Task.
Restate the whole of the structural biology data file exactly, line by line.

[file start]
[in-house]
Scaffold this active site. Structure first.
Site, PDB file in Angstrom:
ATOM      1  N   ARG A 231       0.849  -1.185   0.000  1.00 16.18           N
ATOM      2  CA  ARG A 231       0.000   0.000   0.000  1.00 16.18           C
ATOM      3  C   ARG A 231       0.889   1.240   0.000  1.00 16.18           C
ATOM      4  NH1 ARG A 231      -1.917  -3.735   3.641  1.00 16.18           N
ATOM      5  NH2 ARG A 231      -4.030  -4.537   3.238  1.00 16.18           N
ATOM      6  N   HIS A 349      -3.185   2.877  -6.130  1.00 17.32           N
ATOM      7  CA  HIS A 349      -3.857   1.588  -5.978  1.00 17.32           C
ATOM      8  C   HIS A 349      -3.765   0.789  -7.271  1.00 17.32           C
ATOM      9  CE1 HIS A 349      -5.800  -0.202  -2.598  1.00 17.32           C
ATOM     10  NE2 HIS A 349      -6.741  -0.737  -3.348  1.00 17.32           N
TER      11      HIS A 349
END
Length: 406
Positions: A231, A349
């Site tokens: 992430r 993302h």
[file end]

[in-house]
Scaffold this active site. Structure first.
Site, PDB file in Angstrom:
ATOM      1  N   ARG A 231       0.849  -1.185   0.000  1.00 16.18           N
ATOM      2  CA  ARG A 231       0.000   0.000   0.000  1.00 16.18           C
ATOM      3  C   ARG A 231       0.889   1.240   0.000  1.00 16.18           C
ATOM      4  NH1 ARG A 231      -1.917  -3.735   3.641  1.00 16.18           N
ATOM      5  NH2 ARG A 231      -4.030  -4.537   3.238  1.00 16.18           N
ATOM      6  N   HIS A 349      -3.185   2.877  -6.130  1.00 17.32           N
ATOM      7  CA  HIS A 349      -3.857   1.588  -5.978  1.00 17.32           C
ATOM      8  C   HIS A 349      -3.765   0.789  -7.271  1.00 17.32           C
ATOM      9  CE1 HIS A 349      -5.800  -0.202  -2.598  1.00 17.32           C
ATOM     10  NE2 HIS A 349      -6.741  -0.737  -3.348  1.00 17.32           N
TER      11      HIS A 349
END
Length: 406
Positions: A231, A349
């Site tokens: 992430r 993302h």